Treating norovirus 

There's no specific treatment for norovirus.

You don't need to see your GP because your body should fight off the infection within a couple of days.

It's very important that you drink plenty of fluid. If necessary, you can take paracetamol to treat fever, aches and pains.

Eat foods that are easy to digest, such as soup, rice, pasta and bread. Babies should continue with their normal feeds.

To reduce the risk of passing the virus on to others, wash your hands regularly and stay at home until you've been clear of symptoms for 48 hours.

Avoid dehydration

Drinking plenty of fluids is particularly important for young children and the elderly because they're more vulnerable to dehydration. They'll need urgent medical treatment if they start to show signs of dehydration, such as a headache, dizziness or lightheadedness.

If you have norovirus, you'll need to drink more than your usual daily amount to replace the fluids lost from vomiting and diarrhoea.

Suitable drinks include water, squash and fruit juice. If you're finding it difficult to keep fluids down, try taking small frequent sips to keep yourself hydrated.

Infants and small children should take frequent sips of water, even if they vomit. A small amount of fluid is better than none. Avoid giving fruit juice and carbonated drinks to children under five years of age because these can make diarrhoea worse.

Read more about diarrhoea and vomiting in children.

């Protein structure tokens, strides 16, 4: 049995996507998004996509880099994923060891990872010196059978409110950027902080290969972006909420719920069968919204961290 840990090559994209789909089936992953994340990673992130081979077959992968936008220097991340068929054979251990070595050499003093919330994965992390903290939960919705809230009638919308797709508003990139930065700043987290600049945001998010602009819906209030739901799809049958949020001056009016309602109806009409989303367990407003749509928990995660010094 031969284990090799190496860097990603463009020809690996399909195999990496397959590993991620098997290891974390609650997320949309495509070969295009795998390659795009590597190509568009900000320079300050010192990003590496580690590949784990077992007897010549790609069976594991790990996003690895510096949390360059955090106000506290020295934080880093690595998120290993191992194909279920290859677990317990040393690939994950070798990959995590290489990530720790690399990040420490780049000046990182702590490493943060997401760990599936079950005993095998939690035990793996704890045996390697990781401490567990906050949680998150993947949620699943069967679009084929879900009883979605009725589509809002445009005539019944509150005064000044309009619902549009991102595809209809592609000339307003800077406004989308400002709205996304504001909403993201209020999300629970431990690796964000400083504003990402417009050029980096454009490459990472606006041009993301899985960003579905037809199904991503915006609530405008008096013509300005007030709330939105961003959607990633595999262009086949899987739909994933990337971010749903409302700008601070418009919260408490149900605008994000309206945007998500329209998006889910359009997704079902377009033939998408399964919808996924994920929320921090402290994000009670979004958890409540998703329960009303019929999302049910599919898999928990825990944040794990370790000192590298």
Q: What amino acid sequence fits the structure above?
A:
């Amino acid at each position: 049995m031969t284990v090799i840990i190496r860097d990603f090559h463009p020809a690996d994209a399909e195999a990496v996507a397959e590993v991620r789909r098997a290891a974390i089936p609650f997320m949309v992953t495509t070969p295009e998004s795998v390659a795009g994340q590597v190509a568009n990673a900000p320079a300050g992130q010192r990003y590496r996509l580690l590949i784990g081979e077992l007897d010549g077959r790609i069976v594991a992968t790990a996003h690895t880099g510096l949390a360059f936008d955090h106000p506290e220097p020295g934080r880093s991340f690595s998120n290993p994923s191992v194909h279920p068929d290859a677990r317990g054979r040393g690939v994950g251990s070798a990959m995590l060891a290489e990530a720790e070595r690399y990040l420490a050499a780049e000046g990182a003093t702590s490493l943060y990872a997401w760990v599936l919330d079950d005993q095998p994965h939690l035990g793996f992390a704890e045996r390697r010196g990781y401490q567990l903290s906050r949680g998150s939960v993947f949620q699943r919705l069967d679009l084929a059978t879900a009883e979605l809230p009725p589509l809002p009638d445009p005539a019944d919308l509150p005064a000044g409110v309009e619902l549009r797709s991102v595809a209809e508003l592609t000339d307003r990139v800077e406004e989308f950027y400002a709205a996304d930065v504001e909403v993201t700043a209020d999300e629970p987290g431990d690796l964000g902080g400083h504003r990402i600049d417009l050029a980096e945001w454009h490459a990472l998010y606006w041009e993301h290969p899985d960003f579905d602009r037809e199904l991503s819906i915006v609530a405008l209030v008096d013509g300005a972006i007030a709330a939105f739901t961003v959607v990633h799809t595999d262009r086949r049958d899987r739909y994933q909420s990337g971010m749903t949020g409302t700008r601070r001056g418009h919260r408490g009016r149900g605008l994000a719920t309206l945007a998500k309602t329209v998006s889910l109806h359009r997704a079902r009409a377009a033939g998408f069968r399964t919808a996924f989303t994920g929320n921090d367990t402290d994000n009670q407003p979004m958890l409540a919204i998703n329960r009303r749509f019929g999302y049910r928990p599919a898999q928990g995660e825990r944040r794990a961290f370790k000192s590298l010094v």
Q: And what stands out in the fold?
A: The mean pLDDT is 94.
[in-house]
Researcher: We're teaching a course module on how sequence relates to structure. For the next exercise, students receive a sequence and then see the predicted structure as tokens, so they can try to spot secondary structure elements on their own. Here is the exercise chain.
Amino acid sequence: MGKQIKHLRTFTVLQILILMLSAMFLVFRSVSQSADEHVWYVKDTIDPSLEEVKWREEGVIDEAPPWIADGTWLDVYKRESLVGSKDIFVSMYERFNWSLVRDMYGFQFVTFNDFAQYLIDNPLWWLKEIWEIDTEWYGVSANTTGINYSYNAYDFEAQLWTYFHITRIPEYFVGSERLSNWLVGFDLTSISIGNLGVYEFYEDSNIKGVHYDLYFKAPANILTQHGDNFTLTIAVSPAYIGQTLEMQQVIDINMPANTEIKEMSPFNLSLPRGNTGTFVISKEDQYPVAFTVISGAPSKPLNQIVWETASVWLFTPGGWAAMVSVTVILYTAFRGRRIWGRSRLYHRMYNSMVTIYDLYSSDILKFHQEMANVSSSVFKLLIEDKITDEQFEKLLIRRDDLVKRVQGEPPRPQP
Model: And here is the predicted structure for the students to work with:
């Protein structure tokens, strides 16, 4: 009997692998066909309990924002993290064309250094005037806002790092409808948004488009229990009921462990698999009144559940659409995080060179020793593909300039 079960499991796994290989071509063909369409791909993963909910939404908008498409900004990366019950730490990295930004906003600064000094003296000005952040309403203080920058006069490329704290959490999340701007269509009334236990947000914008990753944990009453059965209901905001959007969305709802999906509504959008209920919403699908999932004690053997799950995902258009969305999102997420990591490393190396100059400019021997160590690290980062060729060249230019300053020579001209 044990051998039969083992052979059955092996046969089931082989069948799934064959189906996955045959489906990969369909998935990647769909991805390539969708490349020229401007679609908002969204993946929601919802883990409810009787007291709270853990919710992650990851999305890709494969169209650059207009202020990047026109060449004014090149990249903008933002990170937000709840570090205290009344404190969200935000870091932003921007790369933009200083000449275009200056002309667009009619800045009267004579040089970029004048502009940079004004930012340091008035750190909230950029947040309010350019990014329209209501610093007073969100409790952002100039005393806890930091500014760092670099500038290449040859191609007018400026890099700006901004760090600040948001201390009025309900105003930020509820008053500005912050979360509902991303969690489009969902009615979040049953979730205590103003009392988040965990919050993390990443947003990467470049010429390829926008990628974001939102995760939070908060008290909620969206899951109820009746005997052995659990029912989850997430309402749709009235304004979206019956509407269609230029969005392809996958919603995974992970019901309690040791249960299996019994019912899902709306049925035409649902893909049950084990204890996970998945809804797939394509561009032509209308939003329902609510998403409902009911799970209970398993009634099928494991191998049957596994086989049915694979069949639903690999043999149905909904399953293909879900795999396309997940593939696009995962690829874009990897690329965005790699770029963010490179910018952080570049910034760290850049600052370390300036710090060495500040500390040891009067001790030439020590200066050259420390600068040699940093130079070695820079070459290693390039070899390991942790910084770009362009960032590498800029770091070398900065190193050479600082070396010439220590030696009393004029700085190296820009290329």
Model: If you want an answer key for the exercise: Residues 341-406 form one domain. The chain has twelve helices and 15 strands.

Rehydration drinks

If you're worried that you're becoming dehydrated, your GP or pharmacist may advise you to take rehydration drinks.

You can buy sachets of rehydration powders from your pharmacy which you add to water (follow the instructions on the packet). Rehydration drinks provide the correct balance of water, salt and sugar for your body.

Not all rehydration drinks are suitable for children. Check which ones are suitable with your GP or pharmacist.

You should also seek immediate medical help if your symptoms continue for more than three days or if you feel severely dehydrated at any time.

Read more about treating dehydration.

Advice for parents

If your child has norovirus, keep them away from school or nursery for at least 48 hours after their last episode of diarrhoea or vomiting. 

Read more about preventing norovirus.

Norovirus is the most common cause of stomach bugs in the UK 

Looking after a sick child

It's important to listen to your child if they're ill. For example, they may be more comfortable on the sofa with a blanket or duvet than in bed.

Make sure that:

  • the room is airy but not draughty – if it's too warm, they'll probably feel worse
  • you give them plenty to drink – they may not want anything to eat for the first day or so
  • they get plenty of rest – encourage them to doze off when they need to

Read more about looking after a sick child.

Page last reviewed: 20/01/2014

Next review due: 20/01/2016